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Lady of the Night, Part II

“They kept demanding an answer, so he [Jesus] stood up again and said, 'All right, but let the one who has never sinned throw the first stone!'”1

Continuing our series on “Lady of the Night” … I was saying how, when traveling out East, I was approached by a young lady in the lobby of a large hotel whose name was Toni (not her real name).

After asking her various questions about her background, Toni seemed to get suspicious and blurted out, "Hey, Dick, wait a minute. Nobody in my whole life has ever talked to me like this before. By the way, who are you? What do you do?"

Oh, no, I thought to myself, if I tell her who I am and what I do, she'll really clam up and that'll be the end of our conversation.

I didn't want to answer Toni’s question so I stood there and grinned rather foolishly. I probably learned that technique early in life in order to disarm my mother when she was mad at me. It used to work then. It didn’t now. I decided to tell Toni the truth.

"You'll never believe me," I finally replied, "but I'm a minister of religion," to which I fully expected her to give some lame excuse and leave.

But Toni never batted an eyelid. As quick as a flash she responded, "You mean you believe in the Lord?"

"Yes," I said, relieved that my reply didn’t make her turn and run.

"So do I," she said positively, and continued, "I often pray in the shower and ask God to forgive my sins."

Interesting, I thought to myself. That's pretty common. Like Pilate of old who washed his hands after he had Jesus condemned to be crucified, people still try to wash away their guilt—which neither water nor the symbolic act of washing can do. Only God can take and wash our guilt away.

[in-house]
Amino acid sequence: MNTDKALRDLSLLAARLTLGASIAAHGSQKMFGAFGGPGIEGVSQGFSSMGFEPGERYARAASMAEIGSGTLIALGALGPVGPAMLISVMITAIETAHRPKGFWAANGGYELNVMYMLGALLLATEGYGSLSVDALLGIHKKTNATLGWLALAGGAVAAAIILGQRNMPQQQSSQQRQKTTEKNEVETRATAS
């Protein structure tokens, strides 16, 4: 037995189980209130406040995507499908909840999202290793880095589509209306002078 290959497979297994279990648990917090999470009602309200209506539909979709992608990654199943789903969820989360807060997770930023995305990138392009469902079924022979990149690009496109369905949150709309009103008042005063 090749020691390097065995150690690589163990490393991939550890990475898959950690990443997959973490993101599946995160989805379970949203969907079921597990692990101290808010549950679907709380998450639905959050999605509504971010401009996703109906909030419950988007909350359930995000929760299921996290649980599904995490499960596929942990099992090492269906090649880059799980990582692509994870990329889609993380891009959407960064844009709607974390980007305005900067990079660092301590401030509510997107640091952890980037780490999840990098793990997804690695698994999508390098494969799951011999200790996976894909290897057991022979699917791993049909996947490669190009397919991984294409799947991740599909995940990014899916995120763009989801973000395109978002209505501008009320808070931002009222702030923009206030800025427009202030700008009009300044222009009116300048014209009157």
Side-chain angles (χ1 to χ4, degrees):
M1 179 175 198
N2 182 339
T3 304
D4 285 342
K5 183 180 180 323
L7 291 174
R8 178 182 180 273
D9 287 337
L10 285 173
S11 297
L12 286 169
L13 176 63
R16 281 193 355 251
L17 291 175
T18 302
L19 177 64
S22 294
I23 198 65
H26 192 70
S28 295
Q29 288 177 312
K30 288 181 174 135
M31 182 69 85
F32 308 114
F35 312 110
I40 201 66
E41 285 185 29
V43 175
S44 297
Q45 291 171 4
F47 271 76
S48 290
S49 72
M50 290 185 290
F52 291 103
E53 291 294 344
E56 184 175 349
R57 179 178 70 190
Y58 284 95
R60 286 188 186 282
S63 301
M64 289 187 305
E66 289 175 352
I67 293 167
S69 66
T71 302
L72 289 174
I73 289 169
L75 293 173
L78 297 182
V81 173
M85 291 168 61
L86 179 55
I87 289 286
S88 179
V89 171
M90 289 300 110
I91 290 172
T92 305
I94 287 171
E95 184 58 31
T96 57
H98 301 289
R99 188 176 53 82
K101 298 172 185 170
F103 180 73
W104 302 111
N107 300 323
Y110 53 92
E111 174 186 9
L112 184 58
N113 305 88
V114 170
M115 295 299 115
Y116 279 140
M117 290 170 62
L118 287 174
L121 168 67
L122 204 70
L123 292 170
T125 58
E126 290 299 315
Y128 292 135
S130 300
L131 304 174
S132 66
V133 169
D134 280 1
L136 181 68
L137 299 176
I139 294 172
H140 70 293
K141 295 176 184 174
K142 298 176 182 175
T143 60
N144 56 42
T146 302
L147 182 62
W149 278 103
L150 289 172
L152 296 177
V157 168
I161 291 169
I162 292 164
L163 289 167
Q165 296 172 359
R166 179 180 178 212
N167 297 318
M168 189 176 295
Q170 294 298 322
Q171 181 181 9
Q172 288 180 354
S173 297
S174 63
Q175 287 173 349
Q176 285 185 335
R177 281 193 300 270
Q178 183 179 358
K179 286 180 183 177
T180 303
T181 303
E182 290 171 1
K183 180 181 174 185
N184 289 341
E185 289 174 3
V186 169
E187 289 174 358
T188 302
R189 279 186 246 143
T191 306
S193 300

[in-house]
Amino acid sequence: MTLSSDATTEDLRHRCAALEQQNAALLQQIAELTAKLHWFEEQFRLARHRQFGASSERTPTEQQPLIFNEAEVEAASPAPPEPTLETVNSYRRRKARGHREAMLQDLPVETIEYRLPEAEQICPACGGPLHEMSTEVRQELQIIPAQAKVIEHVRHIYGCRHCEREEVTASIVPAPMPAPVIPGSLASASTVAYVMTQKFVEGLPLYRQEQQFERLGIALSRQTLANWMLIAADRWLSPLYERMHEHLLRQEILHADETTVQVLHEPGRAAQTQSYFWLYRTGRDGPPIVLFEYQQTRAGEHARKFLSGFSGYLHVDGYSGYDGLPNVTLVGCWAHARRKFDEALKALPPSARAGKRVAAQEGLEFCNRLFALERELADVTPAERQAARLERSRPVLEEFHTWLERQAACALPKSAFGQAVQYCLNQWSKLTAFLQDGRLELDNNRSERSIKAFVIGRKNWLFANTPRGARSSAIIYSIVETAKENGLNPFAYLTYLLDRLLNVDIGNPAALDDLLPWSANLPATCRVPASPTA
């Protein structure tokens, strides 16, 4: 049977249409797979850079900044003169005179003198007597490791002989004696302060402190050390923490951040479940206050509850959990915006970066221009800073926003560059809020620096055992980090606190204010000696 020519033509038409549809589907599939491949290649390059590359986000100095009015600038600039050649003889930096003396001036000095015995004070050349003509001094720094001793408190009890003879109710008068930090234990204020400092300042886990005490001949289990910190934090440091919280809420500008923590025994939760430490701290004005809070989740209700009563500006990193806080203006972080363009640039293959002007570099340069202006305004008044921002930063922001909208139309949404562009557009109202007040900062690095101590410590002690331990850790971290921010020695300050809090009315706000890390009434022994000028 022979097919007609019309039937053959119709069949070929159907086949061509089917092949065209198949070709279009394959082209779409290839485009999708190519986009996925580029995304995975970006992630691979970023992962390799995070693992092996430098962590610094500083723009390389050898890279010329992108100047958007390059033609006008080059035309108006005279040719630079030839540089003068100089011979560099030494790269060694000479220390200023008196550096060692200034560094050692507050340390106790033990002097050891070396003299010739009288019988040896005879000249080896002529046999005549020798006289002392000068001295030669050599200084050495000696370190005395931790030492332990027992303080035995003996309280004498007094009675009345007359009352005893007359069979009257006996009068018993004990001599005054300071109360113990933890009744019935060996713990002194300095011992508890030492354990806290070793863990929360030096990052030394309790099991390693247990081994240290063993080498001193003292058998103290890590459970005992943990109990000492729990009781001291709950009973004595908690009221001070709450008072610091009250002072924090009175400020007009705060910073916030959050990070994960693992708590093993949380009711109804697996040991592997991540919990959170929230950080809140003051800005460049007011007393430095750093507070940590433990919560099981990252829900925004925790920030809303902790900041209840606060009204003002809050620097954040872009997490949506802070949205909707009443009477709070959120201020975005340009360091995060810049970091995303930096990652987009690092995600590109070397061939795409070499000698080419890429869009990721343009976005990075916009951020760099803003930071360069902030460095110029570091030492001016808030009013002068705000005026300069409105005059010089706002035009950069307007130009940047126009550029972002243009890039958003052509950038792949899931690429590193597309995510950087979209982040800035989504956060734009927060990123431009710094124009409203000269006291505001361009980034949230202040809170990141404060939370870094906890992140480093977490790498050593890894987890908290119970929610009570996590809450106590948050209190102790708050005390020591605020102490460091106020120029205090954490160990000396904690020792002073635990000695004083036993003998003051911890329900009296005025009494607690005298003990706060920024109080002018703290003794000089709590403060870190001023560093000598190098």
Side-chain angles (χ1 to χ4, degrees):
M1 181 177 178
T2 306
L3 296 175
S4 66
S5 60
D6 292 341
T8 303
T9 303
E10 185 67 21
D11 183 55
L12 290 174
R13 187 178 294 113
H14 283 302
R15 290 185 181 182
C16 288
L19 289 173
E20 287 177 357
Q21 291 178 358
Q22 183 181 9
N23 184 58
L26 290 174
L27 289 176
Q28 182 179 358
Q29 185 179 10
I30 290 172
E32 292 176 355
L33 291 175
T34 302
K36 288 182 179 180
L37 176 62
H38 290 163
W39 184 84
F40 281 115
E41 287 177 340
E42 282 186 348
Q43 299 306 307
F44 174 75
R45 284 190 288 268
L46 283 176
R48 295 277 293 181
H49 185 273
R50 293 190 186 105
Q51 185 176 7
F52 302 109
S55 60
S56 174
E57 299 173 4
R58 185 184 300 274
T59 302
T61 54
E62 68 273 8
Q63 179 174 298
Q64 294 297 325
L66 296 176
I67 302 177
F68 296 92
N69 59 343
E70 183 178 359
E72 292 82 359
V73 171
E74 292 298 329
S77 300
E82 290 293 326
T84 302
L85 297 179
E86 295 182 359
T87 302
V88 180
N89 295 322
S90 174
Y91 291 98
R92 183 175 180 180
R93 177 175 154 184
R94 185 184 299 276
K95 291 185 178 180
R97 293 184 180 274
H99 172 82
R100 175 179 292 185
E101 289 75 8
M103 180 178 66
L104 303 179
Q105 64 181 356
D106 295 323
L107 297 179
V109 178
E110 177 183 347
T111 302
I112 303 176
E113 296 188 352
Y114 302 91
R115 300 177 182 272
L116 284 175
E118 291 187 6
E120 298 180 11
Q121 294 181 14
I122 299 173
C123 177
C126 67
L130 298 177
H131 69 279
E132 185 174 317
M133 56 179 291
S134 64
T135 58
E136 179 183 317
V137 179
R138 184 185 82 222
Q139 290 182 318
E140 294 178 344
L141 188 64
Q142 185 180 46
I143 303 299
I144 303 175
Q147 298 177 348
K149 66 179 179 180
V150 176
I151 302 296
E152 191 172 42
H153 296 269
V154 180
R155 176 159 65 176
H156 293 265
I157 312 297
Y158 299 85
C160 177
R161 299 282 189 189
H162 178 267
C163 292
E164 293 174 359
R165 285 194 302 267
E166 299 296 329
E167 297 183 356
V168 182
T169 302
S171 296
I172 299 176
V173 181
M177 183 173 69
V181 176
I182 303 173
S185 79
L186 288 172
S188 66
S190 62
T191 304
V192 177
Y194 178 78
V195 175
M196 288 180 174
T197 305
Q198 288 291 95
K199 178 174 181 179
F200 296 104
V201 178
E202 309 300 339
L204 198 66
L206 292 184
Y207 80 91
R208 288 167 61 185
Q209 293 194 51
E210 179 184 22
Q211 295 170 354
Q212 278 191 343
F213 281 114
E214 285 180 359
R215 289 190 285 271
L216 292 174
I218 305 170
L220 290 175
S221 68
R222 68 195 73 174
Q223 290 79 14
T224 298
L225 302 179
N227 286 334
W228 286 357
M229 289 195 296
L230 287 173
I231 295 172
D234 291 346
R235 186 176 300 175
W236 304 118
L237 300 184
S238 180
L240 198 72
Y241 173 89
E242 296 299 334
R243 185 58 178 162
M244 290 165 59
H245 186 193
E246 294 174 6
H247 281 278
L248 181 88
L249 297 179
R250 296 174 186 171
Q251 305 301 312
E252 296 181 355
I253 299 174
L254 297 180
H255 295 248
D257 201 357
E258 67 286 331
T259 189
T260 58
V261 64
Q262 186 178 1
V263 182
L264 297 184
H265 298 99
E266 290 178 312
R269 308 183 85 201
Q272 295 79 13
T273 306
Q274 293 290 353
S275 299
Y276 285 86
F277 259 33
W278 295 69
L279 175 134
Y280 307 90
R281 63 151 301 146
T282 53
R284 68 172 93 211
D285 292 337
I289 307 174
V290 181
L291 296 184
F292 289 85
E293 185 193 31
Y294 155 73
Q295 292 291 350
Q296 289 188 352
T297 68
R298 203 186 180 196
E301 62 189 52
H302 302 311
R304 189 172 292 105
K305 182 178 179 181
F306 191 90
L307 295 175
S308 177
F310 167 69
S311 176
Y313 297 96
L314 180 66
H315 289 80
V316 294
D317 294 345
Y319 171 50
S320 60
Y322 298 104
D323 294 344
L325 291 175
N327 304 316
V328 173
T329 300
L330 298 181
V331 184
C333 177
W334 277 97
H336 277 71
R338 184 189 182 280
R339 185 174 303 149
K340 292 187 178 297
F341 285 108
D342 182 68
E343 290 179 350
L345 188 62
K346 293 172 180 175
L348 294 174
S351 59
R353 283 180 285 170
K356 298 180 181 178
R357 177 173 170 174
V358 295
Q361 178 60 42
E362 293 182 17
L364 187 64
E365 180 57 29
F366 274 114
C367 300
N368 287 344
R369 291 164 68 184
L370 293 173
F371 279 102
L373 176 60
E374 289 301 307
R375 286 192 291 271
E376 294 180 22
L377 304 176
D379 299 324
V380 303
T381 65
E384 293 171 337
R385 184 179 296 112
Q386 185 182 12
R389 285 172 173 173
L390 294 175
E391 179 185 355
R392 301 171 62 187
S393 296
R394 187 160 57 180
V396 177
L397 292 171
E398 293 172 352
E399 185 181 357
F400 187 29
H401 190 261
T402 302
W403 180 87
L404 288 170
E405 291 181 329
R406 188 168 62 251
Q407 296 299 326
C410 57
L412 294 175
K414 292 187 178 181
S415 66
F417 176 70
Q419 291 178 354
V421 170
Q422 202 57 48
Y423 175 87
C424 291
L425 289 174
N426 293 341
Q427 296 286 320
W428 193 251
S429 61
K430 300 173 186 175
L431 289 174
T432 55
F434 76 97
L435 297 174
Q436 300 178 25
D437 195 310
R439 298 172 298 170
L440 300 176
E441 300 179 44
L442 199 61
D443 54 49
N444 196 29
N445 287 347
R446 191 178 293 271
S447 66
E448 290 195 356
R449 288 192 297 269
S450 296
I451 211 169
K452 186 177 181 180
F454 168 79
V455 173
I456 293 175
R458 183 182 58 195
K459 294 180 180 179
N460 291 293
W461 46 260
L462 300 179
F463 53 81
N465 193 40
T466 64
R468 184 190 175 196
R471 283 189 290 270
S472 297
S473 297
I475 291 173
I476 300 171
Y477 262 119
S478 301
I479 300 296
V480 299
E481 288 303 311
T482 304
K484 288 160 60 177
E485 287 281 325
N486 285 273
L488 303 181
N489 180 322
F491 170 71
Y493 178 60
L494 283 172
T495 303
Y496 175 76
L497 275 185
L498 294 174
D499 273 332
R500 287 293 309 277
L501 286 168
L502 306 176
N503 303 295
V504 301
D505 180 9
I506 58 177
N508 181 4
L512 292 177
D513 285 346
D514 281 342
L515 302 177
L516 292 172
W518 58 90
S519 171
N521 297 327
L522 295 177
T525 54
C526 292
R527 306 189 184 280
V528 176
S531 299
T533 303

But Toni didn't give me a chance to reply again. She just opened up to me. She told me all about her family and her work, how much she despised what she was doing, how unhappy she had always been, how she felt that her father had rejected and deserted her and moved a thousand miles away. She hadn't seen him since she was a little girl. She had been deeply hurt by him. She also told me in no uncertain terms how much she hated her mother.

And then came the "crunch" line. I knew there would be one, but wasn't sure what it would be. "Dick," she said with tears brimming in her eyes, "in my whole life I have never ever felt that anyone ever loved me. I am terribly lonely all of the time."

I got a little watery-eyed myself. "I can understand how you feel," I genuinely said. "I came from a broken home too. My parents were divorced. And I hated my father because I felt that he rejected me. I know what it's like to feel lonely—like you're all alone in the world and nobody loves you or even cares that you exist. I know exactly what that feels like—only too well."

To be concluded…

Suggested prayer: “Dear God, please deliver me from ‘casting stones’ at those whom I feel aren’t living up to ‘my’ standards. Thank You for hearing and answering my prayer. Gratefully in Jesus’s name, amen.”

1. John 8:7 (NLT).


All articles on this website are written by
Richard (Dick) Innes unless otherwise stated.